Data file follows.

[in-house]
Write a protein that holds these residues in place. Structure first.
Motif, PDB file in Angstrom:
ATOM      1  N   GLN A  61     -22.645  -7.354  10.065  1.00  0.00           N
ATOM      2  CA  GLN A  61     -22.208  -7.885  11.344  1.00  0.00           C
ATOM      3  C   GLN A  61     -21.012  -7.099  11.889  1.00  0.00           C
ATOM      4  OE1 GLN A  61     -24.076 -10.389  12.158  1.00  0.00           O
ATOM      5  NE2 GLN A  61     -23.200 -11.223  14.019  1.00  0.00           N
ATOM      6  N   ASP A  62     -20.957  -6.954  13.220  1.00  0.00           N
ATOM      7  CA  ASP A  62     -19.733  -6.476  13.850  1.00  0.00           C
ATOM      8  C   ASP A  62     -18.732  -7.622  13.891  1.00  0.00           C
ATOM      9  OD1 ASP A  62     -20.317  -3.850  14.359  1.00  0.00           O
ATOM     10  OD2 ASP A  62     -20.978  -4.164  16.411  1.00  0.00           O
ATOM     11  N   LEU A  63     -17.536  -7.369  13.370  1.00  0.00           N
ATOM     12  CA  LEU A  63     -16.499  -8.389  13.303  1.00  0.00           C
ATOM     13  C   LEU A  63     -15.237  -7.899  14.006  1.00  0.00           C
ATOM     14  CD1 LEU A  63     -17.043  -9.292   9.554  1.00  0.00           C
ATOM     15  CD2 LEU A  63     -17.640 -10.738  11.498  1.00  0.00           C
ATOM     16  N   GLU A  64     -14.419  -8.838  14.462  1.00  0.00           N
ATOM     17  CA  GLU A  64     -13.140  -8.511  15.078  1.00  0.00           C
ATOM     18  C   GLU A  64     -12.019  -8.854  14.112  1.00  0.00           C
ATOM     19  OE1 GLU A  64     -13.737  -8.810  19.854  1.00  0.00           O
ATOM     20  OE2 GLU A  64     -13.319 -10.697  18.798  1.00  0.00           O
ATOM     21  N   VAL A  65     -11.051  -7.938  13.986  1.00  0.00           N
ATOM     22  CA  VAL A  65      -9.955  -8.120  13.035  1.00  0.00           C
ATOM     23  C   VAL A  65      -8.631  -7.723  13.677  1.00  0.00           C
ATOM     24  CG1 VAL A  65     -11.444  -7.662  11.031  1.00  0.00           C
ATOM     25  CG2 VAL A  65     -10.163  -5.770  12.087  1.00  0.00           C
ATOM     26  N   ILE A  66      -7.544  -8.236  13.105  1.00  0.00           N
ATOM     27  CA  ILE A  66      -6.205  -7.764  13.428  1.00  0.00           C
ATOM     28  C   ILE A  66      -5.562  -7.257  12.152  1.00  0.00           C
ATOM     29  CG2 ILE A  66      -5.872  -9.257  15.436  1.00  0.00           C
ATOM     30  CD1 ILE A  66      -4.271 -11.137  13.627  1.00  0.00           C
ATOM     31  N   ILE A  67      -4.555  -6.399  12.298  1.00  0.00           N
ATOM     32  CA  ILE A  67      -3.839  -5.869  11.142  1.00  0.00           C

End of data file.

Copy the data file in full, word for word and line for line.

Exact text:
[in-house]
Write a protein that holds these residues in place. Structure first.
Motif, PDB file in Angstrom:
ATOM      1  N   GLN A  61     -22.645  -7.354  10.065  1.00  0.00           N
ATOM      2  CA  GLN A  61     -22.208  -7.885  11.344  1.00  0.00           C
ATOM      3  C   GLN A  61     -21.012  -7.099  11.889  1.00  0.00           C
ATOM      4  OE1 GLN A  61     -24.076 -10.389  12.158  1.00  0.00           O
ATOM      5  NE2 GLN A  61     -23.200 -11.223  14.019  1.00  0.00           N
ATOM      6  N   ASP A  62     -20.957  -6.954  13.220  1.00  0.00           N
ATOM      7  CA  ASP A  62     -19.733  -6.476  13.850  1.00  0.00           C
ATOM      8  C   ASP A  62     -18.732  -7.622  13.891  1.00  0.00           C
ATOM      9  OD1 ASP A  62     -20.317  -3.850  14.359  1.00  0.00           O
ATOM     10  OD2 ASP A  62     -20.978  -4.164  16.411  1.00  0.00           O
ATOM     11  N   LEU A  63     -17.536  -7.369  13.370  1.00  0.00           N
ATOM     12  CA  LEU A  63     -16.499  -8.389  13.303  1.00  0.00           C
ATOM     13  C   LEU A  63     -15.237  -7.899  14.006  1.00  0.00           C
ATOM     14  CD1 LEU A  63     -17.043  -9.292   9.554  1.00  0.00           C
ATOM     15  CD2 LEU A  63     -17.640 -10.738  11.498  1.00  0.00           C
ATOM     16  N   GLU A  64     -14.419  -8.838  14.462  1.00  0.00           N
ATOM     17  CA  GLU A  64     -13.140  -8.511  15.078  1.00  0.00           C
ATOM     18  C   GLU A  64     -12.019  -8.854  14.112  1.00  0.00           C
ATOM     19  OE1 GLU A  64     -13.737  -8.810  19.854  1.00  0.00           O
ATOM     20  OE2 GLU A  64     -13.319 -10.697  18.798  1.00  0.00           O
ATOM     21  N   VAL A  65     -11.051  -7.938  13.986  1.00  0.00           N
ATOM     22  CA  VAL A  65      -9.955  -8.120  13.035  1.00  0.00           C
ATOM     23  C   VAL A  65      -8.631  -7.723  13.677  1.00  0.00           C
ATOM     24  CG1 VAL A  65     -11.444  -7.662  11.031  1.00  0.00           C
ATOM     25  CG2 VAL A  65     -10.163  -5.770  12.087  1.00  0.00           C
ATOM     26  N   ILE A  66      -7.544  -8.236  13.105  1.00  0.00           N
ATOM     27  CA  ILE A  66      -6.205  -7.764  13.428  1.00  0.00           C
ATOM     28  C   ILE A  66      -5.562  -7.257  12.152  1.00  0.00           C
ATOM     29  CG2 ILE A  66      -5.872  -9.257  15.436  1.00  0.00           C
ATOM     30  CD1 ILE A  66      -4.271 -11.137  13.627  1.00  0.00           C
ATOM     31  N   ILE A  67      -4.555  -6.399  12.298  1.00  0.00           N
ATOM     32  CA  ILE A  67      -3.839  -5.869  11.142  1.00  0.00           C